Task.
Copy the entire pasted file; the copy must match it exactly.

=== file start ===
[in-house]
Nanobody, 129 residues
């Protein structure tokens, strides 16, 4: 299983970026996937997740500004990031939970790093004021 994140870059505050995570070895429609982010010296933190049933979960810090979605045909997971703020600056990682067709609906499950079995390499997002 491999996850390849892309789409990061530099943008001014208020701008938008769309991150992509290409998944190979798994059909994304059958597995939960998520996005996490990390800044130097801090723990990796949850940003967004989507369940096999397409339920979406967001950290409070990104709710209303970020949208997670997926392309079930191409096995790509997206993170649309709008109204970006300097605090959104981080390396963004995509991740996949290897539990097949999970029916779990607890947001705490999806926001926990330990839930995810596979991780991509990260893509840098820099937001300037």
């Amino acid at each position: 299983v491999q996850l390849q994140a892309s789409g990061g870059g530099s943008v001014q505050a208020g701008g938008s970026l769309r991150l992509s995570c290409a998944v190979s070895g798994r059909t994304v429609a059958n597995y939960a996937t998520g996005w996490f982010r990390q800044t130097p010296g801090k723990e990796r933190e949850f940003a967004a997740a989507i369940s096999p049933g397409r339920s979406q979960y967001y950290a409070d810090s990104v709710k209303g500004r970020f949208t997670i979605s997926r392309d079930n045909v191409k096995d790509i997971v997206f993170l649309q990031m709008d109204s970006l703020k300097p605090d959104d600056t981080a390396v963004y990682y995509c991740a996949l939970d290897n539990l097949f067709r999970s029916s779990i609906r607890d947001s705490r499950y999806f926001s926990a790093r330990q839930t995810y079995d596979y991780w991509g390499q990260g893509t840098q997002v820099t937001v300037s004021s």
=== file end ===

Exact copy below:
[in-house]
Nanobody, 129 residues
């Protein structure tokens, strides 16, 4: 299983970026996937997740500004990031939970790093004021 994140870059505050995570070895429609982010010296933190049933979960810090979605045909997971703020600056990682067709609906499950079995390499997002 491999996850390849892309789409990061530099943008001014208020701008938008769309991150992509290409998944190979798994059909994304059958597995939960998520996005996490990390800044130097801090723990990796949850940003967004989507369940096999397409339920979406967001950290409070990104709710209303970020949208997670997926392309079930191409096995790509997206993170649309709008109204970006300097605090959104981080390396963004995509991740996949290897539990097949999970029916779990607890947001705490999806926001926990330990839930995810596979991780991509990260893509840098820099937001300037």
């Amino acid at each position: 299983v491999q996850l390849q994140a892309s789409g990061g870059g530099s943008v001014q505050a208020g701008g938008s970026l769309r991150l992509s995570c290409a998944v190979s070895g798994r059909t994304v429609a059958n597995y939960a996937t998520g996005w996490f982010r990390q800044t130097p010296g801090k723990e990796r933190e949850f940003a967004a997740a989507i369940s096999p049933g397409r339920s979406q979960y967001y950290a409070d810090s990104v709710k209303g500004r970020f949208t997670i979605s997926r392309d079930n045909v191409k096995d790509i997971v997206f993170l649309q990031m709008d109204s970006l703020k300097p605090d959104d600056t981080a390396v963004y990682y995509c991740a996949l939970d290897n539990l097949f067709r999970s029916s779990i609906r607890d947001s705490r499950y999806f926001s926990a790093r330990q839930t995810y079995d596979y991780w991509g390499q990260g893509t840098q997002v820099t937001v300037s004021s």